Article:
With the publication of the first volume of his History of England in 1754 David Hume stepped into the position as one of Britain’s leading men of letters; only Samuel Johnson could be said to outshine him in national and international reputation. The History of England was probably more widely and more often reprinted than any of Johnson’s works, and it attracted the attention and admiration of scholars, historians and literary critics as well as some controversy.
To give greater authenticity to these concessions, Henry lodged a copy of his charter in some abbey of each county; as if desirous that it should be exposed to the view of all his subjects, and remain a perpetual rule for the limitation and direction of his government: Yet it is certain, that, after the present purpose was served, he never once thought, during his reign, of observing one single article of it; and the whole fell so much into neglect and oblivion, that, in the following century, when the barons, who had heard an obscure tradition of it, desired to make it the model of the great charter, which they exacted from king John, they could with difficulty find a copy of it in the kingdom. But as to the grievances here meant to be redressed, they were still continued in their full extent; and the royal authority, in all those particulars, lay under no manner of restriction. Reliefs of heirs, so capital an article, were never effectually fixed till the time of Magna Charta; and it is evident, that the general promise here given, of accepting a just and lawful relief, ought to have been reduced to more precision, in order to give security to the subject. The oppression of wardship and marriage was perpetuated even till the reign of Charles II.: And it appears from Glanville, the famous justiciary of Henry II. that, in his time, where any man died intestate, an accident which must have been very frequent, when the art of writing was so little known, the king, or the lord of the fief, pretended to seize all the moveables, and to exclude every heir, even the children of the deceased: A sure mark of a tyrannical and arbitrary government.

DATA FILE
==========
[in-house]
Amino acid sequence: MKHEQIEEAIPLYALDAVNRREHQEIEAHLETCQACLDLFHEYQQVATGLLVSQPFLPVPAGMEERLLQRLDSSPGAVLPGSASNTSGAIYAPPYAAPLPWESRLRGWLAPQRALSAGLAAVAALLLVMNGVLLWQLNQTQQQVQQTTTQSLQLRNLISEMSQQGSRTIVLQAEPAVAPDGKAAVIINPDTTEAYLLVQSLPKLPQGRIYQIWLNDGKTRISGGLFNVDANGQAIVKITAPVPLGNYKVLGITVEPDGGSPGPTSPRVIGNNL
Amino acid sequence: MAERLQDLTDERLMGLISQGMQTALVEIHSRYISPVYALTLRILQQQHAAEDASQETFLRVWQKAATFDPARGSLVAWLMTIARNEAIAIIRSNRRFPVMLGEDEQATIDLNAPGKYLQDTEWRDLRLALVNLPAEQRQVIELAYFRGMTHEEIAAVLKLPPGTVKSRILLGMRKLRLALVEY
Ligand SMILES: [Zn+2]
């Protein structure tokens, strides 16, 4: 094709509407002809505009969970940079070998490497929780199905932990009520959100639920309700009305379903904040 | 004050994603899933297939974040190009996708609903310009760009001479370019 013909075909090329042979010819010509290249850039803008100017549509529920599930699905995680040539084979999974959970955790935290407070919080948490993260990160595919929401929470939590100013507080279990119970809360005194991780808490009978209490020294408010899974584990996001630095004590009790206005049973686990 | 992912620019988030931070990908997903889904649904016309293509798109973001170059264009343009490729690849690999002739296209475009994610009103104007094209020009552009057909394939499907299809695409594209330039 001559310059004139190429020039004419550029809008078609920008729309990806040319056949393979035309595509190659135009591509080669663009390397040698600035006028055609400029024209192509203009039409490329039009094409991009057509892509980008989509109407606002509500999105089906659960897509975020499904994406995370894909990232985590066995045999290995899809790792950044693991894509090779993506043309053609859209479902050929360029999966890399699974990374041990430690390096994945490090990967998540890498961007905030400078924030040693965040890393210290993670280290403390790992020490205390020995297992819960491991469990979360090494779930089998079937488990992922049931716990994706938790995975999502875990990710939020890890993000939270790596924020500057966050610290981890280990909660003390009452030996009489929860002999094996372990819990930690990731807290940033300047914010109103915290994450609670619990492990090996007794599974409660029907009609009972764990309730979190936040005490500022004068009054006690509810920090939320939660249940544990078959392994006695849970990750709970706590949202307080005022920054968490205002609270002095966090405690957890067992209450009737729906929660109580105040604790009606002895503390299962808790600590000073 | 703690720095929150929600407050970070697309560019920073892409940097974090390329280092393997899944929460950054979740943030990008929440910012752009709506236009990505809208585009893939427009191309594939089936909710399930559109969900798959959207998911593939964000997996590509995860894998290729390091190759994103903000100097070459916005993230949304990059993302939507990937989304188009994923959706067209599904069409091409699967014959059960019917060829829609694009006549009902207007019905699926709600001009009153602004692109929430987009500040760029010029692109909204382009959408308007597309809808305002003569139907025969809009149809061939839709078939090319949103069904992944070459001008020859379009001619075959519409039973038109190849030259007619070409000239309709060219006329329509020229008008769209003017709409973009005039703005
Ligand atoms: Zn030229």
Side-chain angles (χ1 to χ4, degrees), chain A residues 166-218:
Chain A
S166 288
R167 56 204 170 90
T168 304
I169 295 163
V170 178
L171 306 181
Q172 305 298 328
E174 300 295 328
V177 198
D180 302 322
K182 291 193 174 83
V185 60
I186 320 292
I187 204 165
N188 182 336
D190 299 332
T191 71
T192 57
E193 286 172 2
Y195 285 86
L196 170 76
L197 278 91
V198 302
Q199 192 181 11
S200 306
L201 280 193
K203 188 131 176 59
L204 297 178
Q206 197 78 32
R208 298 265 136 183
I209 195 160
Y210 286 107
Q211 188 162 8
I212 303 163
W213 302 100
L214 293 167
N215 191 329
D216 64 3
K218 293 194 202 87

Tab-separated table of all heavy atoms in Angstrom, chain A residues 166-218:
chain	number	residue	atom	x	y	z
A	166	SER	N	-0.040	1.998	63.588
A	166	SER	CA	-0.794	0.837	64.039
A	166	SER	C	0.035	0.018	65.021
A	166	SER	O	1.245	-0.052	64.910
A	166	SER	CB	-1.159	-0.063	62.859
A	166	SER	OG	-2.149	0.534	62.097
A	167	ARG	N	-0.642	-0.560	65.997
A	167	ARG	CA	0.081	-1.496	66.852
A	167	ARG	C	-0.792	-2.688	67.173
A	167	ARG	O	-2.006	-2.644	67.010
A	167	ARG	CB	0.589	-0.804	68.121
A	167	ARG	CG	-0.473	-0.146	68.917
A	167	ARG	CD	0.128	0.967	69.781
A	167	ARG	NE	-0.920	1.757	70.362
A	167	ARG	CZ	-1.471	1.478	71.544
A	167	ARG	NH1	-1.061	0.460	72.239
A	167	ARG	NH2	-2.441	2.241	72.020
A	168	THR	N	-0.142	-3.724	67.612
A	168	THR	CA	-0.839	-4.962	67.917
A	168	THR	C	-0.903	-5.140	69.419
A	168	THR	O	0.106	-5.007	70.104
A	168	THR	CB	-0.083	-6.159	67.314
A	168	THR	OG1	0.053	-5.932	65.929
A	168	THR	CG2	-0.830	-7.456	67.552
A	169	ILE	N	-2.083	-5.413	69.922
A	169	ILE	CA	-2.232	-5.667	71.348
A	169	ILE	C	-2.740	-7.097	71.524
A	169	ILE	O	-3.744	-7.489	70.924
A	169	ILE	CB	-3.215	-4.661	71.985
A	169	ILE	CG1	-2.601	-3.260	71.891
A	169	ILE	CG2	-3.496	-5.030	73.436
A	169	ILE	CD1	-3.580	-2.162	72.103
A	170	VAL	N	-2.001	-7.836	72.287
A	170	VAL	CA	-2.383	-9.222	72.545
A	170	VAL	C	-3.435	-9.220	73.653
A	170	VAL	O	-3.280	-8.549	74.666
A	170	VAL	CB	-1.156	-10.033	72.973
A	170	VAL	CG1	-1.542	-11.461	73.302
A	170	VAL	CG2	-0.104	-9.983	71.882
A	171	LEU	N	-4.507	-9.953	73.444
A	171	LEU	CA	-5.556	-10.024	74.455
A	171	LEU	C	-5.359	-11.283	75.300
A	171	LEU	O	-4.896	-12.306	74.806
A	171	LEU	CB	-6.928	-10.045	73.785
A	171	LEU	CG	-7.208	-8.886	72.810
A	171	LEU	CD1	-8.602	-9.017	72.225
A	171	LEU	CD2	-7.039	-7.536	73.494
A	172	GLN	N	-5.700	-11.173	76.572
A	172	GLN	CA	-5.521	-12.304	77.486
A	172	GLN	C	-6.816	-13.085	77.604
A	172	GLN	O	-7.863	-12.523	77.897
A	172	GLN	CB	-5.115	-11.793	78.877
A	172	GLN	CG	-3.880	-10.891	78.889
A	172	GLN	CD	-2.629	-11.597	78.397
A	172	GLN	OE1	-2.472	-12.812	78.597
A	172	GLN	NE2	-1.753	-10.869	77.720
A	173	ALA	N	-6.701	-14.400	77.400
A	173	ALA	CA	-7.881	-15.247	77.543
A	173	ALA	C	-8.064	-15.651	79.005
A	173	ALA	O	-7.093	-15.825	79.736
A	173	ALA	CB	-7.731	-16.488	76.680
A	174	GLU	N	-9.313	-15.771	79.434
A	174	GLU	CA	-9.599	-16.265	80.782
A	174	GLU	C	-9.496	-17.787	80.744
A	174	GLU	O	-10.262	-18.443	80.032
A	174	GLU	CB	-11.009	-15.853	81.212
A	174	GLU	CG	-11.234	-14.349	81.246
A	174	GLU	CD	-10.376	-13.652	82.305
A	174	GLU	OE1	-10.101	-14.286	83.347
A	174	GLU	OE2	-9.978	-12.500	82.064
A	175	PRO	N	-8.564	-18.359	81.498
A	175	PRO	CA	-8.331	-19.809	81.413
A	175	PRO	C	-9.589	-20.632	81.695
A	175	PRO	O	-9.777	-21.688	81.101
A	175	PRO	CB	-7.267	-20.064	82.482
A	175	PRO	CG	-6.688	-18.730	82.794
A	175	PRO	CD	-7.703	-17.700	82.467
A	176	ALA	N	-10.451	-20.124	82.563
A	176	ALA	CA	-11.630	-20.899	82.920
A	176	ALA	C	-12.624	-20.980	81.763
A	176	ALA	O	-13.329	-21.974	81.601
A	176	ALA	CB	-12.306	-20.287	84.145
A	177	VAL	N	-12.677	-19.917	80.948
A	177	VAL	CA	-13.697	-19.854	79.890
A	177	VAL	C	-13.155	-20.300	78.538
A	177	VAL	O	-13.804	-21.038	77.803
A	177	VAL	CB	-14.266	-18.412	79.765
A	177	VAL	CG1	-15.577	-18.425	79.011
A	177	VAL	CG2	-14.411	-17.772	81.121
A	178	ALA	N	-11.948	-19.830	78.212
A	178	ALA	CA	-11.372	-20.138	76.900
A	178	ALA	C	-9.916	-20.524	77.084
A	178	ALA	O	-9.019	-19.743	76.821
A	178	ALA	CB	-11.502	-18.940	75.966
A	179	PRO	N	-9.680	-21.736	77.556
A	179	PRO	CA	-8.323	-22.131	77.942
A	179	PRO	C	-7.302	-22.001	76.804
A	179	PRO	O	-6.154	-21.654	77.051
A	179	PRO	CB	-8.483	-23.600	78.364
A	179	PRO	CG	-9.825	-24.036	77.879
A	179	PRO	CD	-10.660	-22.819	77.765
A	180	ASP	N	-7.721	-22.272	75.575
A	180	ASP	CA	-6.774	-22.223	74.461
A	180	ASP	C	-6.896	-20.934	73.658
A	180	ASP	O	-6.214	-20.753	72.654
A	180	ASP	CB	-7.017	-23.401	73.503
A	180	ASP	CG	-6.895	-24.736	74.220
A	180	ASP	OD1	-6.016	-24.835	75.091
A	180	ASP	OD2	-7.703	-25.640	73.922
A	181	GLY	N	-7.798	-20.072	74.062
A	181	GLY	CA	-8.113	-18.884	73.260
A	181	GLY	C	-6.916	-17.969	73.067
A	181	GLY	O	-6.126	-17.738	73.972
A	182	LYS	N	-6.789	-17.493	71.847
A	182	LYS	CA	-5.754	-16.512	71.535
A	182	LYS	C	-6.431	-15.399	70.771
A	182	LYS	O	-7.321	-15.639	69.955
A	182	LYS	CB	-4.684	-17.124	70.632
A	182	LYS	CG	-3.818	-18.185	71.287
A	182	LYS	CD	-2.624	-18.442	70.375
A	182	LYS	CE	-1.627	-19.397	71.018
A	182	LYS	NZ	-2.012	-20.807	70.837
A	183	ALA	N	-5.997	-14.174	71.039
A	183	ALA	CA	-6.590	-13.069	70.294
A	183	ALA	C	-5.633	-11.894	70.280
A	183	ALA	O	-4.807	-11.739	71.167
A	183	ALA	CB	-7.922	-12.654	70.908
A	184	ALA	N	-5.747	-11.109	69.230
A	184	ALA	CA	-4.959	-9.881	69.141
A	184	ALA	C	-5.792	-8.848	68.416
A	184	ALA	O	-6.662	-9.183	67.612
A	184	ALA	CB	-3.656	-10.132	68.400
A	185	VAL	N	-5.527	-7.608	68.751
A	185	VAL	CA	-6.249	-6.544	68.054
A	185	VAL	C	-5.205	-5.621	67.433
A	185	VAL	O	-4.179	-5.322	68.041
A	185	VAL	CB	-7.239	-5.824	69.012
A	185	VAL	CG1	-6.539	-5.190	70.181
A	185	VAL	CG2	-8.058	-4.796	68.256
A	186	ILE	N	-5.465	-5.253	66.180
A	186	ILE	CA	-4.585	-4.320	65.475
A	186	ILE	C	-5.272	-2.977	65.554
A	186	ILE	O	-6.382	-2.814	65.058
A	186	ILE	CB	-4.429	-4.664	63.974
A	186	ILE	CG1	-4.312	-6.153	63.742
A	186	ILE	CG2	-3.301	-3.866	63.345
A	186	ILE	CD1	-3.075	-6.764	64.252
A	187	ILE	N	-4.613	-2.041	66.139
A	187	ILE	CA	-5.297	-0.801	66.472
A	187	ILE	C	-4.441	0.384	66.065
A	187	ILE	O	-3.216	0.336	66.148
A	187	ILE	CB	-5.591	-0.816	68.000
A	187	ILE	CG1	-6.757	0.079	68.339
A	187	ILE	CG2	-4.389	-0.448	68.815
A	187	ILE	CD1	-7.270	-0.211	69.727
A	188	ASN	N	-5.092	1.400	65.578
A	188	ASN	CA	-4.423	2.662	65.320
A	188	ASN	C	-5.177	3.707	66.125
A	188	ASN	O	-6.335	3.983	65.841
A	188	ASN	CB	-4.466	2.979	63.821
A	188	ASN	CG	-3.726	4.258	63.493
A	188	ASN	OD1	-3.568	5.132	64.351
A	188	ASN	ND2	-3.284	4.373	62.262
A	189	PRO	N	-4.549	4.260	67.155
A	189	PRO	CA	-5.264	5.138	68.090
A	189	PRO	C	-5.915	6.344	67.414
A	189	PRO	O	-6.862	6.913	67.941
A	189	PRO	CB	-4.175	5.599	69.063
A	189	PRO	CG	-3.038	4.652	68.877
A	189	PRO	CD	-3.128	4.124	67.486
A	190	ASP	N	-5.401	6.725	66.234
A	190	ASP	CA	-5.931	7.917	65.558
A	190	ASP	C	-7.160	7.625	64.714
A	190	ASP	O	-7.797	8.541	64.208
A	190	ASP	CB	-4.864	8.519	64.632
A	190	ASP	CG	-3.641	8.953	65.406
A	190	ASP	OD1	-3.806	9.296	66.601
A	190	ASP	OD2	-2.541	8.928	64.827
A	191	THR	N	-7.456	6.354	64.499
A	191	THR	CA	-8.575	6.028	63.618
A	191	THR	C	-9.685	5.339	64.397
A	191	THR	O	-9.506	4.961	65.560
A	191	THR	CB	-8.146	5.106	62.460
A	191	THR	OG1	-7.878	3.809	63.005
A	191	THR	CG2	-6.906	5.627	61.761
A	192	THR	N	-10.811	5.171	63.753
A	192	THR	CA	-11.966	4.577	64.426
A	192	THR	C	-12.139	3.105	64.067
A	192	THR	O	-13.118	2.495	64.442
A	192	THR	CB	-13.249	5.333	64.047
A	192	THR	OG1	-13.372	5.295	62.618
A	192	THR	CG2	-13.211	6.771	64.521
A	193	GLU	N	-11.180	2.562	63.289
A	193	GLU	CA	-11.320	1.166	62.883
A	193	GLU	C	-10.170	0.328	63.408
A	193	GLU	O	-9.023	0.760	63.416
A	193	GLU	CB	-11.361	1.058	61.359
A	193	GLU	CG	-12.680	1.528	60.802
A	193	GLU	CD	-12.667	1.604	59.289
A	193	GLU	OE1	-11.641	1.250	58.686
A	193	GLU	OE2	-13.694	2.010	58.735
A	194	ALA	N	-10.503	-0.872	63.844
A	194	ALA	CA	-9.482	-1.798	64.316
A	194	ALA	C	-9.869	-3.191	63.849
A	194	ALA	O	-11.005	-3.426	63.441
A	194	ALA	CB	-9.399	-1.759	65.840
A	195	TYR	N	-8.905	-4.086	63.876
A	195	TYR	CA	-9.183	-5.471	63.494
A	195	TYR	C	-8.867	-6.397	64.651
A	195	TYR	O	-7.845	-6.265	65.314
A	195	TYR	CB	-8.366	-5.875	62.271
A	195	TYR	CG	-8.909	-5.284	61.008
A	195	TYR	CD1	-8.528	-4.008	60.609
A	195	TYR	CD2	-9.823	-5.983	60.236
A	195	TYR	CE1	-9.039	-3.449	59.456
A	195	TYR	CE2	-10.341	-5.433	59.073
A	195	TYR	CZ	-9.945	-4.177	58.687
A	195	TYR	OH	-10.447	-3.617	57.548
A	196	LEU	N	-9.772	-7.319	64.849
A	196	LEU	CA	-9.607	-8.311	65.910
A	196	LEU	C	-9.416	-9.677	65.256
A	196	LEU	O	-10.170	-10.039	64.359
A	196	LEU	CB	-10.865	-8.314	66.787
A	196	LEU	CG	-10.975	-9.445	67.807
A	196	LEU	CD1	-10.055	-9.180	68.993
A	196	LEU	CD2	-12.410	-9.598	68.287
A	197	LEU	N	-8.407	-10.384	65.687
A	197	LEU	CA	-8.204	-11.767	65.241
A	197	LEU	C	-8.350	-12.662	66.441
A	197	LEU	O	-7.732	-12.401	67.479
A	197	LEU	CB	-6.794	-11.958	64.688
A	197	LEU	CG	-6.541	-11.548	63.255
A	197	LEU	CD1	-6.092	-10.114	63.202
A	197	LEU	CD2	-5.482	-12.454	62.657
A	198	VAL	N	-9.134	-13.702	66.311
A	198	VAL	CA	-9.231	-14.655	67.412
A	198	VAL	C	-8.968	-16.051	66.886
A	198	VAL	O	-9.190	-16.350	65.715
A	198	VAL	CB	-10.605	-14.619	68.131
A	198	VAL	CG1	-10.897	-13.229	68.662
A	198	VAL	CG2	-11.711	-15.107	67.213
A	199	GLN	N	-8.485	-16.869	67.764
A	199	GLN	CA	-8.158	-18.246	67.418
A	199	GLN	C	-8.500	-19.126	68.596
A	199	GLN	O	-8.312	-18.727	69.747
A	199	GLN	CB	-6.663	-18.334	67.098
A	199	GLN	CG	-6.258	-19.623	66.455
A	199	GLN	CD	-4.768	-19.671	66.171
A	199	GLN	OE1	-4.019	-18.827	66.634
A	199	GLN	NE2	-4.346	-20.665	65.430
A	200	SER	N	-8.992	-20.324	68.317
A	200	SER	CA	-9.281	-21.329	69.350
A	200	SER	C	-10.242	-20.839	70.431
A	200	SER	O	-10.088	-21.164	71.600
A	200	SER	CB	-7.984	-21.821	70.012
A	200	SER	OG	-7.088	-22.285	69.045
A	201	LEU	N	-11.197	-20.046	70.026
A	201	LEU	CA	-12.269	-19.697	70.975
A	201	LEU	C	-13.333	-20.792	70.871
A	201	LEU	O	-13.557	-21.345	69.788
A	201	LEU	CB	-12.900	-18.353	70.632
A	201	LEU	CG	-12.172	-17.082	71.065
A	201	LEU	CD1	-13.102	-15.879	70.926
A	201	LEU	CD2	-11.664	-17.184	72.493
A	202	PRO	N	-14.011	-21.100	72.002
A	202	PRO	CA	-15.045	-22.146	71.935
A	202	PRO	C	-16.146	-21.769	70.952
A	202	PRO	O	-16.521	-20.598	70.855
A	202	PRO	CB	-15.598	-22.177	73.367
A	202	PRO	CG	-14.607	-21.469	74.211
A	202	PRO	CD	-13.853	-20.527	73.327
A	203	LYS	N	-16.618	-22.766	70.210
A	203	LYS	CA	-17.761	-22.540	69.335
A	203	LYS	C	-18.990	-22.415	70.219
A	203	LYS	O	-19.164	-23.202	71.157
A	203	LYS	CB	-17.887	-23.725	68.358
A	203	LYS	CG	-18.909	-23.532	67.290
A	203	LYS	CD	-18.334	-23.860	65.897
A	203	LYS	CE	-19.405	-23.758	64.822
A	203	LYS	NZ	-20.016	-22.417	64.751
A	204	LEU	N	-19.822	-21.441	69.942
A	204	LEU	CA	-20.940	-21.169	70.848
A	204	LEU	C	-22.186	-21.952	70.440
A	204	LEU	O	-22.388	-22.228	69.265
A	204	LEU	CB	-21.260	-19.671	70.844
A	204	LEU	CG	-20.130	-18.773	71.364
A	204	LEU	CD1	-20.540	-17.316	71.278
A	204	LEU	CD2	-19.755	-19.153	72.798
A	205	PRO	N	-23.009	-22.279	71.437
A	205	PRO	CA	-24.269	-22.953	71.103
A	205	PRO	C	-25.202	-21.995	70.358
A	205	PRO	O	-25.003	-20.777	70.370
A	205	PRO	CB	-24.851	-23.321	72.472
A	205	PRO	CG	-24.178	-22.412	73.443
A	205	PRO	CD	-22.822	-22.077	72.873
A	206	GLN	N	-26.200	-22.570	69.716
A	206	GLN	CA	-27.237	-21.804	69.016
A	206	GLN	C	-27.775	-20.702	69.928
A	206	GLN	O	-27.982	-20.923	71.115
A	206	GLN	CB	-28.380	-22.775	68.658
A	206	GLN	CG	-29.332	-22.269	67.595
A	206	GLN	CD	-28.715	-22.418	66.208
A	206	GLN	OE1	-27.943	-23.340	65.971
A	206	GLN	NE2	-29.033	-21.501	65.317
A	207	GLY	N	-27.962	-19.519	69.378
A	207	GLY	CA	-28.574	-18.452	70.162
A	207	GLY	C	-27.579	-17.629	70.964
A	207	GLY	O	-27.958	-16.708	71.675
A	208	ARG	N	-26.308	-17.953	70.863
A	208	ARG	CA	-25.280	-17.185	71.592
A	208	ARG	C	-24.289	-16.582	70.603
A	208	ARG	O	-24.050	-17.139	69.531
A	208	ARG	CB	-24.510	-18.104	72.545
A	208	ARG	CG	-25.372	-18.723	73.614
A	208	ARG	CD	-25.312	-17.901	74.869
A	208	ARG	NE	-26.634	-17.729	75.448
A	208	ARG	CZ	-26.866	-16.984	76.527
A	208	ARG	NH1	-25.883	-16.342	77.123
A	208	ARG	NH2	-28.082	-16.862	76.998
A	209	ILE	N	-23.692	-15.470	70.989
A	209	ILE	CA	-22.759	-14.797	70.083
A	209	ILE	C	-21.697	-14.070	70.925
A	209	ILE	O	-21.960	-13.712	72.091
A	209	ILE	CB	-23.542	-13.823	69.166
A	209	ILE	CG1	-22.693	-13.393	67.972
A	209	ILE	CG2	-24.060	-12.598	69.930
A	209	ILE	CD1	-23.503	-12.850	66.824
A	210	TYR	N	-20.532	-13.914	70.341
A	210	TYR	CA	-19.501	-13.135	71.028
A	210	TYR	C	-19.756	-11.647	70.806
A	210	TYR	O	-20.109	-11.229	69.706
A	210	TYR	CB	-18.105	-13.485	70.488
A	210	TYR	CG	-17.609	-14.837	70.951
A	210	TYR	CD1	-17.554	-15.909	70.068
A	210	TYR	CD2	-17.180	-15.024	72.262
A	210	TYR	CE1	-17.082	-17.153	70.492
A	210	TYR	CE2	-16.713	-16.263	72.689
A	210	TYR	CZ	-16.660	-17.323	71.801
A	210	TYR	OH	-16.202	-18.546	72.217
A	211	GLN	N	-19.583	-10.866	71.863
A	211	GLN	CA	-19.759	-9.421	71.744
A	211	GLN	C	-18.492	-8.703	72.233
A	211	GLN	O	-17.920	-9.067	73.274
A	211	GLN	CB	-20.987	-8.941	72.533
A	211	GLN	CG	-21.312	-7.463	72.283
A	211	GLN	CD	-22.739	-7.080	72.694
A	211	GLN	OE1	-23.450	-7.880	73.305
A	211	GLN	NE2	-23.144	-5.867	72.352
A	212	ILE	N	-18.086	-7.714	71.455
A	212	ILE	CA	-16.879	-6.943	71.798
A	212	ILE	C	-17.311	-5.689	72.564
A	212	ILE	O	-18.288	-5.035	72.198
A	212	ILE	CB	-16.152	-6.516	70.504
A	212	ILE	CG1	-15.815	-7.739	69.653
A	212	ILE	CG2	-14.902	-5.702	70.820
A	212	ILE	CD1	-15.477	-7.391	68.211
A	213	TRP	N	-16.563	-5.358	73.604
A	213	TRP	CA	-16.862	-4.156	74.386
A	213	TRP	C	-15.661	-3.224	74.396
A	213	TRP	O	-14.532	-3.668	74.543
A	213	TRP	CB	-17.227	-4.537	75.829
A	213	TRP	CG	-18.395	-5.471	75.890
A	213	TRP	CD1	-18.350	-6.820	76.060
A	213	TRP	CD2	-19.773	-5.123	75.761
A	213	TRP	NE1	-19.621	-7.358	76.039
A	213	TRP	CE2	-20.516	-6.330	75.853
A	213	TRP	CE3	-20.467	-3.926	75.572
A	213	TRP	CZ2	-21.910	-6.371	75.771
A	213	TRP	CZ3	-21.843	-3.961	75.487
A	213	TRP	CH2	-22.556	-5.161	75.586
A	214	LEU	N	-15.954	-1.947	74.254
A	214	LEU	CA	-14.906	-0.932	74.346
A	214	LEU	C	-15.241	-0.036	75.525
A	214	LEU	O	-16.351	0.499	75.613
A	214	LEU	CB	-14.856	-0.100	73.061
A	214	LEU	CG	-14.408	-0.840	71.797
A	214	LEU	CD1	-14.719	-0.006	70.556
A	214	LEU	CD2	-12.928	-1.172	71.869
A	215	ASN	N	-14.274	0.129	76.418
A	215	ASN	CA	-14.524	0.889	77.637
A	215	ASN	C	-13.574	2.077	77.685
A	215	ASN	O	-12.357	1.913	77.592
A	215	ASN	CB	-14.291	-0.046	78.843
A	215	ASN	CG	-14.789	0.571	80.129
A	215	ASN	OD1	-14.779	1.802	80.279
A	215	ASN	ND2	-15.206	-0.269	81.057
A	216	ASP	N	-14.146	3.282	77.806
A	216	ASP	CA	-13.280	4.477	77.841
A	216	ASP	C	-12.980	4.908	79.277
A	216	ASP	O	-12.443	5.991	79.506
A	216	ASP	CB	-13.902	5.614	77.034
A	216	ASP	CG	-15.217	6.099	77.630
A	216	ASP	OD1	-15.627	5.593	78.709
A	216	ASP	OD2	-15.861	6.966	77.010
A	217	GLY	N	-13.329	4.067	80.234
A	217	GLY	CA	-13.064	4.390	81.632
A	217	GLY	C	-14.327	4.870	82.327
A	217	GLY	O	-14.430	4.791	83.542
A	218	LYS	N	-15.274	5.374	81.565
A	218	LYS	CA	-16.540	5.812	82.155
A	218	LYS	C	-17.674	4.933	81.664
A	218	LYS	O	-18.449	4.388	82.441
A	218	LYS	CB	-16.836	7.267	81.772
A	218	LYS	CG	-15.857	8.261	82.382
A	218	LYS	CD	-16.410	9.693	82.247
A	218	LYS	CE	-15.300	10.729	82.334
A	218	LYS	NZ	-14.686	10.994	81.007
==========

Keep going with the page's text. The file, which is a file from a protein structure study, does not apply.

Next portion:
The most important philosopher ever to write in English, David Hume (1711-1776) — the last of the great triumvirate of “British empiricists” — was also well-known in his own time as an historian and essayist. A master stylist in any genre, Hume's major philosophical works — A Treatise of Human Nature (1739-1740), the Enquiries concerning Human Understanding (1748) and concerning the Principles of Morals (1751), as well as the posthumously published Dialogues concerning Natural Religion (1779) — remain widely and deeply influential. Although many of Hume's contemporaries denounced his writings as works of scepticism and atheism, his influence is evident in the moral philosophy and economic writings of his close friend Adam Smith. Hume also awakened Immanuel Kant from his “dogmatic slumbers” and “caused the scales to fall” from Jeremy Bentham's eyes. Charles Darwin counted Hume as a central influence, as did “Darwin's bulldog,” Thomas Henry Huxley. The diverse directions in which these writers took what they gleaned from reading Hume reflect not only the richness of their sources but also the wide range of his empiricism. Today, philosophers recognize Hume as a precursor of contemporary cognitive science, as well as one of the most thoroughgoing exponents of philosophical naturalism.